Solar + Wind = 10% of US Electricity Generation in 1st Half of 2018



Published on September 19th, 2018 |
by Zachary Shahan

September 19th, 2018 by Zachary Shahan 

To complement our revival of US electricity capacity reports, here’s a revival of our reports on US electricity generation.

As with the fresh new capacity report, things are not looking too bright when it comes to electricity generation. There’s still a lot of grey — in the bar charts below, in the skies near fossil fuel power plants, and in the human and planetary outlook based on how slowly we are cutting fossil fuel electricity generation.

As you can see in the charts above, wind and solar energy generation increased notably from the first half of 2017 to the first half of 2018. Together, generation from these two sources increased nearly 26,000 gigawatt-hours (GWh). However, hydroelectricity dropped considerably at the same time, by 12,000 GWh. In the net, US electricity from renewables grew approximately 14,000 GWh year over year.

A large positive when it comes to the environment and human health is that coal generation dropped a great deal year over year — by even more than renewables increased. However, on the down side, natural gas soared as it became the #1 source of electricity generation in the United States (32% of US electricity). Furthermore, coal was still solidly in the #2 position (27% of US electricity). Renewables and nuclear were essentially in a tie at 19.8% of generation, with renewables just a tad above nuclear.

Actually, combined with an increase in nuclear power generation, natural gas electricity production increased so much that the renewable energy share of electricity generation actually dropped in the first half of 2018 versus the first half of 2017. It was 19.8% this year and 20% last year.

Again, solar and wind saw a significant growth in its market share, from 9% to 9.9%, but hydro brought the whole category down due to a decrease from 9% to 8%.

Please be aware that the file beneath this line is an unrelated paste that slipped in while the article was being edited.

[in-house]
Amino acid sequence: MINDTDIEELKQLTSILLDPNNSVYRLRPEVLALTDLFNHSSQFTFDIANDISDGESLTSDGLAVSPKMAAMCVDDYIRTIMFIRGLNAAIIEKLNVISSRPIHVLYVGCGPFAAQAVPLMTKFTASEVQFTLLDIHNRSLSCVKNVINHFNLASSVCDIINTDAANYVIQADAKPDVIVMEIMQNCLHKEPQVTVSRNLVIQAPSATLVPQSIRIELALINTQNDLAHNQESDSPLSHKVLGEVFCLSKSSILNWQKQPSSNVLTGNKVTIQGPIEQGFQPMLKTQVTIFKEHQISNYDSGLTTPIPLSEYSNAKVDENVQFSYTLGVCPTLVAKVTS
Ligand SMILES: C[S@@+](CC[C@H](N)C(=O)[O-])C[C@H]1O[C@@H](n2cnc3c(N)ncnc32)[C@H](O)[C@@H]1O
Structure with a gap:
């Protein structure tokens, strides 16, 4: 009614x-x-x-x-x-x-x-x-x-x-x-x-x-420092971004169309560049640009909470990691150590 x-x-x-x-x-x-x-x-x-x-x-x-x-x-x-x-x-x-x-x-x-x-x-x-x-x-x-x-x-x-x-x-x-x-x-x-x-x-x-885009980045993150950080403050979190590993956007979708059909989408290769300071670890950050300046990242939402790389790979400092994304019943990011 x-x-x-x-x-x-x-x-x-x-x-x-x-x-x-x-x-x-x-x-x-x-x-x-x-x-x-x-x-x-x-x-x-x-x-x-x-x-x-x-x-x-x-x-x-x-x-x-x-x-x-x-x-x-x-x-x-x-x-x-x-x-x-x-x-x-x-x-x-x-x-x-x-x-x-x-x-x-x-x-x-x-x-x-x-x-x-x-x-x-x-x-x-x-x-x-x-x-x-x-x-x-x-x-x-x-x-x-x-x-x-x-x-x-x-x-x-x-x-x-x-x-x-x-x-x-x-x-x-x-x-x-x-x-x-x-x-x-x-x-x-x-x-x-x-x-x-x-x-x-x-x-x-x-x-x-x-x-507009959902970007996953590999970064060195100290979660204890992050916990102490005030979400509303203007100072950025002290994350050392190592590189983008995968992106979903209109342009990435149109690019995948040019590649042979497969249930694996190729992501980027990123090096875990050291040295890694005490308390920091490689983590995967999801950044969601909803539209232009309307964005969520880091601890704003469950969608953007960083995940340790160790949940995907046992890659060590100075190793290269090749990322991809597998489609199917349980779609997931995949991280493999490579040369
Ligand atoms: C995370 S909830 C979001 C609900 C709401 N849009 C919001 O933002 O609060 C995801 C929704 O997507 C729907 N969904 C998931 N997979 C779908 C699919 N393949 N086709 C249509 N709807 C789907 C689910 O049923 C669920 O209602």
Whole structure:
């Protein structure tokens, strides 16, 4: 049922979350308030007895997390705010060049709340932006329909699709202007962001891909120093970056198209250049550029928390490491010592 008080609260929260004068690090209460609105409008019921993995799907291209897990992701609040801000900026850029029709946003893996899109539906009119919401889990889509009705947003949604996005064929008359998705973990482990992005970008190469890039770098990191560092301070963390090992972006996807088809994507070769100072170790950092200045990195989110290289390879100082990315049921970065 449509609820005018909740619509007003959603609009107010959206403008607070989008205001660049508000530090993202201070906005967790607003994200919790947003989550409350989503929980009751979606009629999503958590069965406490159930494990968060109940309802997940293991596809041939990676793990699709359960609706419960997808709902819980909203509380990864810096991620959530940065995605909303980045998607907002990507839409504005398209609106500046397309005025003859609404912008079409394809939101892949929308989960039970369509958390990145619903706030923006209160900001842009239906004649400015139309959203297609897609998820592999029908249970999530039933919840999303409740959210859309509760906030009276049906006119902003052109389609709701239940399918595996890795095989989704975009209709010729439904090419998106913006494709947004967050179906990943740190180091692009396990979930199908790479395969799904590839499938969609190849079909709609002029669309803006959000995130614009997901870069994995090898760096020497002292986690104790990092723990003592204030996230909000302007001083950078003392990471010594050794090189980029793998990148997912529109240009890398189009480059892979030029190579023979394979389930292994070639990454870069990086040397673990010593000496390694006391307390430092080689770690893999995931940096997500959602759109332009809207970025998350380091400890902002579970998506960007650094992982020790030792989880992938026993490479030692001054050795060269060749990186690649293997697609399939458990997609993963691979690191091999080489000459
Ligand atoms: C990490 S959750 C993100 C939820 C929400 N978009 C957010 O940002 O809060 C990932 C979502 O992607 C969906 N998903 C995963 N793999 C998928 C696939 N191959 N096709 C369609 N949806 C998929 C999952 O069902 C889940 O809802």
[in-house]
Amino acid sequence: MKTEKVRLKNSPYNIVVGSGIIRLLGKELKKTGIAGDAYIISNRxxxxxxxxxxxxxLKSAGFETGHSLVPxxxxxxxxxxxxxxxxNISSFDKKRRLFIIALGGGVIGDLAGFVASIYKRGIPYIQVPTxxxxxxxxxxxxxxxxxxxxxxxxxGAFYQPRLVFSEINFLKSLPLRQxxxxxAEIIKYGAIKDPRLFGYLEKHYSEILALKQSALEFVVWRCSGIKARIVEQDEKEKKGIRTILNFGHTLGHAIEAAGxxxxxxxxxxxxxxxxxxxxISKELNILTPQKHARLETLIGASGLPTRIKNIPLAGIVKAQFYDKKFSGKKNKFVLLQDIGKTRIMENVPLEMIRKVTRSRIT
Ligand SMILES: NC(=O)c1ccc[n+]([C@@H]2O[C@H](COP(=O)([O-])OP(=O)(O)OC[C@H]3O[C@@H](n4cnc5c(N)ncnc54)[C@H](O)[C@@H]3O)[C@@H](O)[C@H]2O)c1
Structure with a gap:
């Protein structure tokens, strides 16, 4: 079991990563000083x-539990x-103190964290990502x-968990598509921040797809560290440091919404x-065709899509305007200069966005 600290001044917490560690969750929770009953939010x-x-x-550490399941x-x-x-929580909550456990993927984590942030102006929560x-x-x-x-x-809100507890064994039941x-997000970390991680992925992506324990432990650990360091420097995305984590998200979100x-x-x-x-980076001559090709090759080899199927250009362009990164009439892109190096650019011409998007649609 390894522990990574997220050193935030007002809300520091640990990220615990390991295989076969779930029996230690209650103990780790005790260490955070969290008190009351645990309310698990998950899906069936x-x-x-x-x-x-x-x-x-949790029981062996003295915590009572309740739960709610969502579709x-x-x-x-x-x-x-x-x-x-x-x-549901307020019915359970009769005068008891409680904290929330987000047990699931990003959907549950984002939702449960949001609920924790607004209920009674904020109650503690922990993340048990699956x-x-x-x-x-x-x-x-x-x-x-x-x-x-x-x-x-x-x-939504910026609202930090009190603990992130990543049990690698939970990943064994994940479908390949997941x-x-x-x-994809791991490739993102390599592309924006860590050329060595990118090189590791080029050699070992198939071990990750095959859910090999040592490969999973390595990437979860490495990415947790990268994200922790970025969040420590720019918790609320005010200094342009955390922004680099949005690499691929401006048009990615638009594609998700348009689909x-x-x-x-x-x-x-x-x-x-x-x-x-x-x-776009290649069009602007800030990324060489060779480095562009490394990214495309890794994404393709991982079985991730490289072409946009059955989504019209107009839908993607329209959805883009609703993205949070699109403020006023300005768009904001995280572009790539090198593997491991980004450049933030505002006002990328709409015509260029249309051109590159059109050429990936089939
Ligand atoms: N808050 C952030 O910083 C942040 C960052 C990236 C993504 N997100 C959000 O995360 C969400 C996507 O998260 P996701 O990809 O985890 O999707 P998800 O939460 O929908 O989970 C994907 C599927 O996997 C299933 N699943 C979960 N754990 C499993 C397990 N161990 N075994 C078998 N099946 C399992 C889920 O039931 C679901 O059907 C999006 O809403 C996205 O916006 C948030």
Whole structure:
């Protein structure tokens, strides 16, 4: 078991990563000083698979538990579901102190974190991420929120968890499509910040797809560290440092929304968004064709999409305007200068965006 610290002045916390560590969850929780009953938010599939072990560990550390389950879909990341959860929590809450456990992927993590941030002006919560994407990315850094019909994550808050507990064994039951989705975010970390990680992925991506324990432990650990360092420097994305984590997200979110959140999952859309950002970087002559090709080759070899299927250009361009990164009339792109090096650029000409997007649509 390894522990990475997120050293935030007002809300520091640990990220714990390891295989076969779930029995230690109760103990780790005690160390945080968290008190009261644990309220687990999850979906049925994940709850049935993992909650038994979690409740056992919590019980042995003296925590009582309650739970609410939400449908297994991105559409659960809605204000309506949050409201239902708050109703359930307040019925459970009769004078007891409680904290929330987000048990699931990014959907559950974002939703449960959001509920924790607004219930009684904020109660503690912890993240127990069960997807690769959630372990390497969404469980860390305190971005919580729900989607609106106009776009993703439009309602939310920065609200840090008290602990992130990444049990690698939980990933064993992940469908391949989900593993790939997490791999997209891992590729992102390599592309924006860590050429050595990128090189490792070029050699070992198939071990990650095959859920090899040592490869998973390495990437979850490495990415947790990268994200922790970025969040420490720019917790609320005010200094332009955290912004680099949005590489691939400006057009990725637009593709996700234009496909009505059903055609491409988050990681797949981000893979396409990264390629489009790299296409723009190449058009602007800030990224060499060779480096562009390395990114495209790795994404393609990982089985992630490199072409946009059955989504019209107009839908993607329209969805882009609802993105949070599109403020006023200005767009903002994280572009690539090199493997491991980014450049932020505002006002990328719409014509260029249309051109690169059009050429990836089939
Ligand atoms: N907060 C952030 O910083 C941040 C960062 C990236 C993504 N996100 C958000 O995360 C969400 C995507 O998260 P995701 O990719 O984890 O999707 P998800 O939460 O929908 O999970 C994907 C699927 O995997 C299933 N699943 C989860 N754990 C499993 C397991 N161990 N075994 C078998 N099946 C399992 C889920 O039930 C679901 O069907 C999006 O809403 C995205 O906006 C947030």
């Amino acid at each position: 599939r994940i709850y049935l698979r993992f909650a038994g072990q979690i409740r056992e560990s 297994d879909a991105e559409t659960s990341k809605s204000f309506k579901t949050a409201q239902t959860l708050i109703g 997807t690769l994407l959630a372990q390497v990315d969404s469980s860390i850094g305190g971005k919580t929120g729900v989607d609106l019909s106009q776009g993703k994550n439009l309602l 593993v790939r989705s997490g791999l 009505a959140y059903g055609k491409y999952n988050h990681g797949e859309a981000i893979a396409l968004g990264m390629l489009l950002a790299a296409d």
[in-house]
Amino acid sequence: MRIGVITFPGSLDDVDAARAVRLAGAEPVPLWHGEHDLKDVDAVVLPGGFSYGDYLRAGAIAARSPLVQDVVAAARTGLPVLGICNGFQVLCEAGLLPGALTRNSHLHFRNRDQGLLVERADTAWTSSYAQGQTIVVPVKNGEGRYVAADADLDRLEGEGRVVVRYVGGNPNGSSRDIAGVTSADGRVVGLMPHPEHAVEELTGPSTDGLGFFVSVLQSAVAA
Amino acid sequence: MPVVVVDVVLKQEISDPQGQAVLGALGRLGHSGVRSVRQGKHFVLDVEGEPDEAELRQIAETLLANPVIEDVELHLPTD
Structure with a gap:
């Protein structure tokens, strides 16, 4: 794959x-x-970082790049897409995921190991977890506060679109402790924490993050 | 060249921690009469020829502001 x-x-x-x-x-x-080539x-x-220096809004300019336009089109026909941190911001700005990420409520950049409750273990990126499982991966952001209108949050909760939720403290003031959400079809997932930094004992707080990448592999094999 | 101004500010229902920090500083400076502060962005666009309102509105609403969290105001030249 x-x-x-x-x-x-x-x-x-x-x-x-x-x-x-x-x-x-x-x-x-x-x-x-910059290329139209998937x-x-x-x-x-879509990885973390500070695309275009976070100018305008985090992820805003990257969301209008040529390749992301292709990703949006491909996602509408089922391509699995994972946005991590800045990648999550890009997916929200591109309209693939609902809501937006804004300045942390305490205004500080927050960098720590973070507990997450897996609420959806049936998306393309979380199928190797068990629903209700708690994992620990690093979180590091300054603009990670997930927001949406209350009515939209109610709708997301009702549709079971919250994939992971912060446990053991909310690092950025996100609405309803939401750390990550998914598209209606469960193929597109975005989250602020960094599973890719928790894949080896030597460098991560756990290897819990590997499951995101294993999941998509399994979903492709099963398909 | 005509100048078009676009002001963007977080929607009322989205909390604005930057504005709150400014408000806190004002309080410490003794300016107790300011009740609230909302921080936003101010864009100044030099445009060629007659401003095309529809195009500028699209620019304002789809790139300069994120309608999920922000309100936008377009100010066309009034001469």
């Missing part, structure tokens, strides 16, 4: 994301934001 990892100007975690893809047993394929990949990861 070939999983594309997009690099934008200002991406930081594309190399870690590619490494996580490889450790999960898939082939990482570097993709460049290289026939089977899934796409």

The visuals above are probably the best way to examine it all. The H1 2018 chart was still dominated by fossil fuels, which together accounted for approximately 60% of electricity generation. In H1 2017, the figure was 59.7%. Furthermore, if you switch to the “Change H1 2018 vs H1 2017 (GWh)” chart, you can watch a giant grey bar representing natural gas take over the top of the chart. It almost looks like it’s part of the border of the chart. The biggest glimmer of positivity in that chart is seeing the decline in coal at the bottom.

What will the second half of the year bring? Well, the gigantic US electricity generation market shifts slowly. There is so much base capacity, and power plants last so long, that it takes a special kind of magic to create a rapid transition to renewable energy. As you know from reading this quarter’s US renewable energy capacity report, only 43% of new US power capacity in the first half of the year was from renewables. The majority of it was from natural gas. Along with other portions of the calculation, that means that electricity generation from natural gas is likely to increase more than electricity generation from renewables.

Jump into the numbers below and let us know if you have any more thoughts.

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Tags: us coal, US Electricity Generation Reports, us natural gas, us nuclear, US renewable Energy, US Solar Energy, US Wind Energy

About the Author

Zachary Shahan Zach is tryin’ to help society help itself (and other species). He spends most of his time here on CleanTechnica as its director and chief editor. He’s also the president of Important Media and the director/founder of EV Obsession and Solar Love. Zach is recognized globally as an electric vehicle, solar energy, and energy storage expert. He has presented about cleantech at conferences in India, the UAE, Ukraine, Poland, Germany, the Netherlands, the USA, and Canada.

Zach has long-term investments in TSLA, FSLR, SPWR, SEDG, & ABB — after years of covering solar and EVs, he simply has a lot of faith in these particular companies and feels like they are good cleantech companies to invest in. But he offers no professional investment advice and would rather not be responsible for you losing money, so don’t jump to conclusions.

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